- Concepts and properties
- Linked-list types
- Upsides and downsides
- Big O time complexity
- Real use cases
From my point of view, data structure and algorithms are the heart and foundation of computer science. I think they’re the most important topics we should care and learn about before anything else.
Firstly, I would like to walk through the concepts surrounding all of this. We’ll get to know (or brush you up on) what a linked list is — its types, a few cons, a few pros, its complexity, and the real use cases where we could and should use them.
This post is split up into two main sections: understanding linked lists and implementing them.
Practice without theory is blind, but theory without practice is sterile. So we need both. First of all, we need to digest the main concepts.
Concepts and properties
A linked list is a dynamic data structure that stores the values sequentially. It is a single chain of nodes connected by pointers.
Wait. Wait. Why is it dynamic? Because we are able to change the linked list elements at run time. This means the memory size allocated can be modified when the program is running or, in other words,can grow or decrease as needed.
A linked list allows us to add or remove elements at ease. Conversely, the arrays store data with a specific/fixed memory size allocated. You can't change it. To grasp it fully let’s see the next analogy.
Let’s say that a linked list is like train cars. The train cars are linked in a specific order at the beginning. However, they could be loaded, unloaded, and changed at ease.
Their growth is dynamic since we have the ability to add or remove a new train car at any point on the train and also change its content.
An array is similar to bus seats.
The bus (memory) has a fixed number of seats, which are the items of the array. They can’t grow. However, despite the size of the seats being fixed, they can be used by different passengers. Thus, the values could change at some time.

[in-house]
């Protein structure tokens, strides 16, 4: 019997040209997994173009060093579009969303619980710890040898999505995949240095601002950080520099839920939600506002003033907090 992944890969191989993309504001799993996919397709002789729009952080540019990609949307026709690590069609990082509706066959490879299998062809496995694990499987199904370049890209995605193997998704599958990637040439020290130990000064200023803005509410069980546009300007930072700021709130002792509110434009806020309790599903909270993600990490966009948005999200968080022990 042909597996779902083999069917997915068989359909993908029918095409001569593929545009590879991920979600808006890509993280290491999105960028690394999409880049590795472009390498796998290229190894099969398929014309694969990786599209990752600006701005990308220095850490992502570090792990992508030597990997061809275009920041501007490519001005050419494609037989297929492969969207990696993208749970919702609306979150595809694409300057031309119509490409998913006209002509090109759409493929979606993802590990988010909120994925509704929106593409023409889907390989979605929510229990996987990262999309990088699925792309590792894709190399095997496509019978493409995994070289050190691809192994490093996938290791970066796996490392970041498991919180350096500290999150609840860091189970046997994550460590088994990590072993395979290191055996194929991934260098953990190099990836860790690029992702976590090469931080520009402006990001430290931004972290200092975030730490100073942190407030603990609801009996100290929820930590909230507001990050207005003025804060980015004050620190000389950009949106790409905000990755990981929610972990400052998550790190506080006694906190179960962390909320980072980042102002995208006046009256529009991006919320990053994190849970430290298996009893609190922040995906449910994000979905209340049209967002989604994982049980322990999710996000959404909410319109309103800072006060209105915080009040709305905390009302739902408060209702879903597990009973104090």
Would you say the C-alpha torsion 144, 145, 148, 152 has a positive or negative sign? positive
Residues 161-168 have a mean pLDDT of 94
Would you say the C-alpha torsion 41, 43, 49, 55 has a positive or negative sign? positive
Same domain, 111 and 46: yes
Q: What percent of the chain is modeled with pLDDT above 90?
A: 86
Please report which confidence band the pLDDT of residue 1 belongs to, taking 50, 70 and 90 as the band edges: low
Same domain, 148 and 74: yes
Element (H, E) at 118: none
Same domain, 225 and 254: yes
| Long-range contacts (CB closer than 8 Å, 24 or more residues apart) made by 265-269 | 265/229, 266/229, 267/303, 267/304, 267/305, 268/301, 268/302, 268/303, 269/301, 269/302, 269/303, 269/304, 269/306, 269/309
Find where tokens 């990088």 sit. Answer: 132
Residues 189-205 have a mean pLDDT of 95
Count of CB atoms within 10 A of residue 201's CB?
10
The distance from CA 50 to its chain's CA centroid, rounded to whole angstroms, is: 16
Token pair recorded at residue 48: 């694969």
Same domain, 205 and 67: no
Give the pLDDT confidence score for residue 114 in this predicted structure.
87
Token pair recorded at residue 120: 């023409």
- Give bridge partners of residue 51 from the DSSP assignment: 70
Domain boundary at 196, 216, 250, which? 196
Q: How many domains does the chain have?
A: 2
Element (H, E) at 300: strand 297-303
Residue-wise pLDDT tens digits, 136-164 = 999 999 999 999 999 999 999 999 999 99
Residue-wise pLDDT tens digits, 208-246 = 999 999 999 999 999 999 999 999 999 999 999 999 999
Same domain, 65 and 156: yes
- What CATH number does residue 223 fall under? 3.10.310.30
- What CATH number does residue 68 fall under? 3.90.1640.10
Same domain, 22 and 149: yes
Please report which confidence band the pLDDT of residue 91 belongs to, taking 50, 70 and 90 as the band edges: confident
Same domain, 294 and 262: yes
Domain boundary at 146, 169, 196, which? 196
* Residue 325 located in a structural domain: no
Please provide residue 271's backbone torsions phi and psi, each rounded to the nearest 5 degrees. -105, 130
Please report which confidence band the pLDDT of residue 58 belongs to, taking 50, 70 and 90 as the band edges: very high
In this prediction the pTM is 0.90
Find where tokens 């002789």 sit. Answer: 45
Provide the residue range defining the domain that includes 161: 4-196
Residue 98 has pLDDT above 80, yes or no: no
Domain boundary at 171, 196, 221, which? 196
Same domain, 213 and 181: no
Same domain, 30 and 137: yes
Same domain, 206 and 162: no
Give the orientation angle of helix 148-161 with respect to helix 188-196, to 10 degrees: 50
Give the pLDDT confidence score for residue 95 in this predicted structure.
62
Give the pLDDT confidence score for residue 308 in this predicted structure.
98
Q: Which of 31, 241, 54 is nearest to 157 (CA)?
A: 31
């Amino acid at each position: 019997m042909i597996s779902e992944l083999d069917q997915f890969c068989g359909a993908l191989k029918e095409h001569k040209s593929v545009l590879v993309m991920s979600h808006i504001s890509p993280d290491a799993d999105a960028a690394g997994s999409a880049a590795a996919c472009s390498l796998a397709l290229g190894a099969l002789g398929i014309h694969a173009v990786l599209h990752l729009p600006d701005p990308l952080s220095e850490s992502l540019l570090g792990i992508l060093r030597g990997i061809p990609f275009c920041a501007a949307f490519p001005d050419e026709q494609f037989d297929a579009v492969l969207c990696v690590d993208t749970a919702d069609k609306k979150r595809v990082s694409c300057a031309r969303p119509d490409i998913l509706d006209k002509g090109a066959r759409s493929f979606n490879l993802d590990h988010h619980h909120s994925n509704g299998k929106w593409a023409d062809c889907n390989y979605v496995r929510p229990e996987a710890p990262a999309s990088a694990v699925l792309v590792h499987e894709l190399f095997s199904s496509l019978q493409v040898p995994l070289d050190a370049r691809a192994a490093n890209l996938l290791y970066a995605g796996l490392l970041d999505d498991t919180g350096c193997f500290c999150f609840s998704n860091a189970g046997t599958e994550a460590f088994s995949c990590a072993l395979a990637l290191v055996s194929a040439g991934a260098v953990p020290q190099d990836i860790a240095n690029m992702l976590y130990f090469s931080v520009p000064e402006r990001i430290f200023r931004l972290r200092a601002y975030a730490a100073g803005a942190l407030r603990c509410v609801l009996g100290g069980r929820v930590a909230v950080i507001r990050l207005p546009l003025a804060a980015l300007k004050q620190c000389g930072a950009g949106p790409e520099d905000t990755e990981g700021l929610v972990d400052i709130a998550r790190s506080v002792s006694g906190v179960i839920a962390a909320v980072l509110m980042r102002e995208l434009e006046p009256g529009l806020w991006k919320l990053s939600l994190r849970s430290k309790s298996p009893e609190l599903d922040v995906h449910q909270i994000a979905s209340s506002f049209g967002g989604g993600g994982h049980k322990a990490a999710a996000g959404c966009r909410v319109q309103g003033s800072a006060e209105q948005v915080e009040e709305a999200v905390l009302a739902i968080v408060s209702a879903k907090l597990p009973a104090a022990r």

A node is the most basic building block for many common data structures.
For a linked list, it provides a mechanism to contain a piece of data and also for connecting itself to other nodes via the object reference pointer (this is known as the next pointer).
The head, as its name says, is the first node in the list, and the tail is the last one.
Node chains are how nodes can be linked together to build chains of nodes.
Add to front
Add to the end
Add to at a random position
Remove to the front
Remove to the end
Remove at a random position
There are other types of linked lists. In this article, we’re only going to mention the ones most necessary to be aware of.
Unlike the singly linked list, in a doubly linked list, each node contains a reference to the previous node and also to the next node.
As the name implies, it’s a chain of nodes where all of them are connected to form a circle.
Upsides and downsides give you an idea when and where a linked list is helpful or under which scenarios they’re the best option to solve a problem. So let's list them …
- It’s a dynamic data structure. As we mentioned above, it allows changing the elements at run time either growing or shrinking dynamically
- Insertion and deletion doesn’t require reorganizing the entire data structure
- There’s no need to define an initial size.
- Other data structures, such as stack and queue, can be implemented using a linked list
- Random access is not allowed — we must start from the first node if we want to access an element
- Search operations are slow since you need to traverse your input to find any elements — these operations have linear complexity O(n)
These operations only involve allocating the data and updating a few pointers, so its complexity remains constant O(1).
Regardless of how many nodes are in the list, it always will be performed in constant time.
Theses operations involve traversing the entire input to access/search items in the list. This means, its complexity is linear O(n). Complexity will grow in direct proportion to the size of the input data.
The simplest way to use the linked list in the real world is to think about the previous and next options. Here some examples of them.
- Use a linked list to implement a stack and a queue
- In real applications that use previous and next elements, such as an image viewer, you’ll find that since the previous image is linked to the next one and the previous video is linked to the next one, on a browser we can use a linked list to link the previous link to the next one
- Undo and redo behavior in a program — such as Photoshop, MS Word, or whichever program/software uses that behavior
So, as you can see, in all real applications where we need previous and next, we can easily use the linked list.
Now that we’re not going in blind and know everything about linked lists, we’re ready to go and implement one.
I don’t like long posts. So in the next point, we’re going to explain step by step how to implement a linked list using the ES6 features.
Thanks for reading! If this story turned out to be interesting, I’d really appreciate it if you like and share it with your friends. I hope to add a little bit more knowledge to you.
Supporting and follow me on my blog and Medium